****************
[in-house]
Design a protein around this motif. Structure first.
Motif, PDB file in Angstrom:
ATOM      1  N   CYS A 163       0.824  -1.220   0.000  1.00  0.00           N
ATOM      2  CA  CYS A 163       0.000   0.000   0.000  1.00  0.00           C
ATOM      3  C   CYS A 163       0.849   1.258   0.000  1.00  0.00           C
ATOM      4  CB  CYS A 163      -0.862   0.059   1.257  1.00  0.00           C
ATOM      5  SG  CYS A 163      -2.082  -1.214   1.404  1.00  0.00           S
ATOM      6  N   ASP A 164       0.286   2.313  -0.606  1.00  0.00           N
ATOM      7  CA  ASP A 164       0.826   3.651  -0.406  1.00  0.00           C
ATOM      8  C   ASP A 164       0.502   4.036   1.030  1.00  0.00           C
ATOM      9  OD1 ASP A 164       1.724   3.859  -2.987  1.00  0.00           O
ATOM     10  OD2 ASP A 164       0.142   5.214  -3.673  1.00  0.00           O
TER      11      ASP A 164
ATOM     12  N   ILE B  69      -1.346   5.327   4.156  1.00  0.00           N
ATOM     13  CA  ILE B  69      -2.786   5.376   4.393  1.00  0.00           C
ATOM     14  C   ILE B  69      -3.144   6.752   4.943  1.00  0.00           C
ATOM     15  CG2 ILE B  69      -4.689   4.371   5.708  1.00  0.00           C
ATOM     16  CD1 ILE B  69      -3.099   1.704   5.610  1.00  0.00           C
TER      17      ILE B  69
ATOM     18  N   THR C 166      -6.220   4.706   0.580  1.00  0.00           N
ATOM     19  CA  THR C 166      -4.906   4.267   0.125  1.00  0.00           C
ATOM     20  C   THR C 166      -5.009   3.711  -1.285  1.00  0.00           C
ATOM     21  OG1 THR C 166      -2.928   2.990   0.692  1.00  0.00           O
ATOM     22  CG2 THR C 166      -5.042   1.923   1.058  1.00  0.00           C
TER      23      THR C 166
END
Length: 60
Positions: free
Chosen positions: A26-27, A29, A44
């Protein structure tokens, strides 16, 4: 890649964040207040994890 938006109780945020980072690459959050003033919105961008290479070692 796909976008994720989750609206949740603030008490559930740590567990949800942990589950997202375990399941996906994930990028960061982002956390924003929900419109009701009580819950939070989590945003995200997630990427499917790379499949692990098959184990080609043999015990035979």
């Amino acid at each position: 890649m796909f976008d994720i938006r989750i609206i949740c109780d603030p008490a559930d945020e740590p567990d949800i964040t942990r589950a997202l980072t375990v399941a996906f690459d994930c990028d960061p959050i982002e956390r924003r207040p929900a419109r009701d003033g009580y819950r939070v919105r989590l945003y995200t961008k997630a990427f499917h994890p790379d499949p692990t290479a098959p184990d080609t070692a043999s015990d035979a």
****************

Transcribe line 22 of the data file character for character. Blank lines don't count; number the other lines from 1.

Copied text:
ATOM     19  CA  THR C 166      -4.906   4.267   0.125  1.00  0.00           C